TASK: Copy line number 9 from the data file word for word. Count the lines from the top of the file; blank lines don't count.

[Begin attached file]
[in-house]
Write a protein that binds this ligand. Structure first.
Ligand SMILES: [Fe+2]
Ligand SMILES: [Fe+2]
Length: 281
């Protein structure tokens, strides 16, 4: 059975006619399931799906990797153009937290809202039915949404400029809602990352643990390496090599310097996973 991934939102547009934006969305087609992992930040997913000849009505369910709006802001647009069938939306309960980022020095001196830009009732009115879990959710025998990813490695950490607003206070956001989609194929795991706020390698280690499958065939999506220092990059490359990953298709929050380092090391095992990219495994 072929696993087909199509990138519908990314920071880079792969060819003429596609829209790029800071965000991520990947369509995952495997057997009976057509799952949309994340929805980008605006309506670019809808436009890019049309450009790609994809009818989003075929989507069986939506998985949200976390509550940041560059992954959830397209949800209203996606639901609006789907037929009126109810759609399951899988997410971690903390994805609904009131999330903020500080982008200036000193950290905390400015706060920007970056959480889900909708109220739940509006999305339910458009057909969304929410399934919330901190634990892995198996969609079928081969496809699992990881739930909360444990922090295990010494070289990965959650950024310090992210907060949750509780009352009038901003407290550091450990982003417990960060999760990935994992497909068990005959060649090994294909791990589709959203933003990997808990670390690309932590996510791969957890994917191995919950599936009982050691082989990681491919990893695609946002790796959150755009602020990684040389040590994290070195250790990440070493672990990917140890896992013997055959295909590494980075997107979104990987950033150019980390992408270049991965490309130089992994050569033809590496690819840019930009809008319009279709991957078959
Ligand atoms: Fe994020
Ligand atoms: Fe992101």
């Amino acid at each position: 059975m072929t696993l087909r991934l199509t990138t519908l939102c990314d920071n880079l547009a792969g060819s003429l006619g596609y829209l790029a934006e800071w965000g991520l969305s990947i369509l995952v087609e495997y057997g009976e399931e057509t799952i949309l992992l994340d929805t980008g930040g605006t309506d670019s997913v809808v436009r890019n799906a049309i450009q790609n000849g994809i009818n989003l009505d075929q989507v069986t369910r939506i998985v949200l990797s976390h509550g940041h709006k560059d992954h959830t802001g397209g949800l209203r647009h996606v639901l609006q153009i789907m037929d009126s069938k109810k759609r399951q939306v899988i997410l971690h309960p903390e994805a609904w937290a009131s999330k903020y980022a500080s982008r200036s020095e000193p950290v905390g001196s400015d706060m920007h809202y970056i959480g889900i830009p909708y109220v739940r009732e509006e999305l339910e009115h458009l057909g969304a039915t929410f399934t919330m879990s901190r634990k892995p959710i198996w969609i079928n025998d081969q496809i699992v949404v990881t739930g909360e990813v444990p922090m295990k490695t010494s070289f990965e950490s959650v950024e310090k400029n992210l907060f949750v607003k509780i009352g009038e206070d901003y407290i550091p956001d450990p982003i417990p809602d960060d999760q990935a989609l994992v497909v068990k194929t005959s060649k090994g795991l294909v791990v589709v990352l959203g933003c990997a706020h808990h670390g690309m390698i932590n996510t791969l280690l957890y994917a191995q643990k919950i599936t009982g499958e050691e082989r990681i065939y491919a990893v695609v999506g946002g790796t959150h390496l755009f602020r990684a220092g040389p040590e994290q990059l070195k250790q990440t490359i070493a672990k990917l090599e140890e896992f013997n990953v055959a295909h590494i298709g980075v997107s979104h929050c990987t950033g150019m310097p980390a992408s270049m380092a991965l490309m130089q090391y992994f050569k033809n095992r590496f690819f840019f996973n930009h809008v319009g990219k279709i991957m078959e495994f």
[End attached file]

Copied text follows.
């Amino acid at each position: 059975m072929t696993l087909r991934l199509t990138t519908l939102c990314d920071n880079l547009a792969g060819s003429l006619g596609y829209l790029a934006e800071w965000g991520l969305s990947i369509l995952v087609e495997y057997g009976e399931e057509t799952i949309l992992l994340d929805t980008g930040g605006t309506d670019s997913v809808v436009r890019n799906a049309i450009q790609n000849g994809i009818n989003l009505d075929q989507v069986t369910r939506i998985v949200l990797s976390h509550g940041h709006k560059d992954h959830t802001g397209g949800l209203r647009h996606v639901l609006q153009i789907m037929d009126s069938k109810k759609r399951q939306v899988i997410l971690h309960p903390e994805a609904w937290a009131s999330k903020y980022a500080s982008r200036s020095e000193p950290v905390g001196s400015d706060m920007h809202y970056i959480g889900i830009p909708y109220v739940r009732e509006e999305l339910e009115h458009l057909g969304a039915t929410f399934t919330m879990s901190r634990k892995p959710i198996w969609i079928n025998d081969q496809i699992v949404v990881t739930g909360e990813v444990p922090m295990k490695t010494s070289f990965e950490s959650v950024e310090k400029n992210l907060f949750v607003k509780i009352g009038e206070d901003y407290i550091p956001d450990p982003i417990p809602d960060d999760q990935a989609l994992v497909v068990k194929t005959s060649k090994g795991l294909v791990v589709v990352l959203g933003c990997a706020h808990h670390g690309m390698i932590n996510t791969l280690l957890y994917a191995q643990k919950i599936t009982g499958e050691e082989r990681i065939y491919a990893v695609v999506g946002g790796t959150h390496l755009f602020r990684a220092g040389p040590e994290q990059l070195k250790q990440t490359i070493a672990k990917l090599e140890e896992f013997n990953v055959a295909h590494i298709g980075v997107s979104h929050c990987t950033g150019m310097p980390a992408s270049m380092a991965l490309m130089q090391y992994f050569k033809n095992r590496f690819f840019f996973n930009h809008v319009g990219k279709i991957m078959e495994f």